Venezuela's President Nicolas Maduro attends a military parade to celebrate the 195th anniversary of the Battle of Carabobo in Caracas, Venezuela June 24, 2016. REUTERS/Marco Bello(reuters_tickers)
CARACAS (Reuters) - Venezuela as of Monday will end an electricity rationing programme launched in April in response to a severe drought that crimped the operations of the OPEC nation's hydroelectric generators, President Nicolas Maduro on Friday.
Maduro's government had rationed electricity in the provinces, cut the work week for public employees to two days per week, and cancelled school on Fridays to save power as the country's massive Guri dam dried up.
"As of Monday we can say that the power administration plan will stop and electrical service will function normally throughout the country," Maduro said in a televised broadcast.
"Today we can say that Guri has recovered and we have the conditions under which power service can function normally."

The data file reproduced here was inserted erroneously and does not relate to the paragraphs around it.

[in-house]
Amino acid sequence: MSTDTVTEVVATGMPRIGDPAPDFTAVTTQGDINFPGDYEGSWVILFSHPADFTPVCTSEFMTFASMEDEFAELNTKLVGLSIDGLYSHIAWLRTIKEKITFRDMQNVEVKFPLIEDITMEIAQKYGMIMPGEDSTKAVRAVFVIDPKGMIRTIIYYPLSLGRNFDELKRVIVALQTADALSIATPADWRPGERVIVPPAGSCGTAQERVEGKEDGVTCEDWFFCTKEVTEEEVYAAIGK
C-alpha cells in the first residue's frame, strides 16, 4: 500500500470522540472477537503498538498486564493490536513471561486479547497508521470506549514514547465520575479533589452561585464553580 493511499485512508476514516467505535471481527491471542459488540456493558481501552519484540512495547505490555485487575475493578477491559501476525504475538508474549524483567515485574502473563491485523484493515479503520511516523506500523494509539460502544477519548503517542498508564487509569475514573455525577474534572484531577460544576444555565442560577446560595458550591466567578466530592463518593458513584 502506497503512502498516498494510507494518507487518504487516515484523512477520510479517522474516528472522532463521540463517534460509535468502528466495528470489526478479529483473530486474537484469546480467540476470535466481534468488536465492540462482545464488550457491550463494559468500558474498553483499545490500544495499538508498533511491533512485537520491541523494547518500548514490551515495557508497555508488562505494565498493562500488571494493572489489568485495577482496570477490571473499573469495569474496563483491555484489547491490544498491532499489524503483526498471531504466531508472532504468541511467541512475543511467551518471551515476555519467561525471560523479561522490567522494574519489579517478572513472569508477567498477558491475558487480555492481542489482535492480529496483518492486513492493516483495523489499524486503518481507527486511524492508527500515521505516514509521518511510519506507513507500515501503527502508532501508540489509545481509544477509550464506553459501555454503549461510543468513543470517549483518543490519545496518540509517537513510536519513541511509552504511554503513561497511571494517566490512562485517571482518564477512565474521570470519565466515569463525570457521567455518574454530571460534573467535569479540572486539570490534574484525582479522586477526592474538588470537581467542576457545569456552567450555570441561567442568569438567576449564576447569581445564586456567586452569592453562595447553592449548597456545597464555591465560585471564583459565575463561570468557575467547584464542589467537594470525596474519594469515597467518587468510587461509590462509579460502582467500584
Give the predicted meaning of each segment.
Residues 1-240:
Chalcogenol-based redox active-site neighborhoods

Heavily subsidized electricity has spurred one of the region's highest rates of power consumption and left the state-run utilities with limited revenue.
Opposition critics say the government has failed to invest in generation and transmission facilities, leaving the system prone to blackouts and unable to maintain service during periods of limited rainfall.
Maduro's government often blames power problems on sabotage by opposition leaders seeking to destabilise his government.
(Reporting by Brian Ellsworth; Editing by Sandra Maler)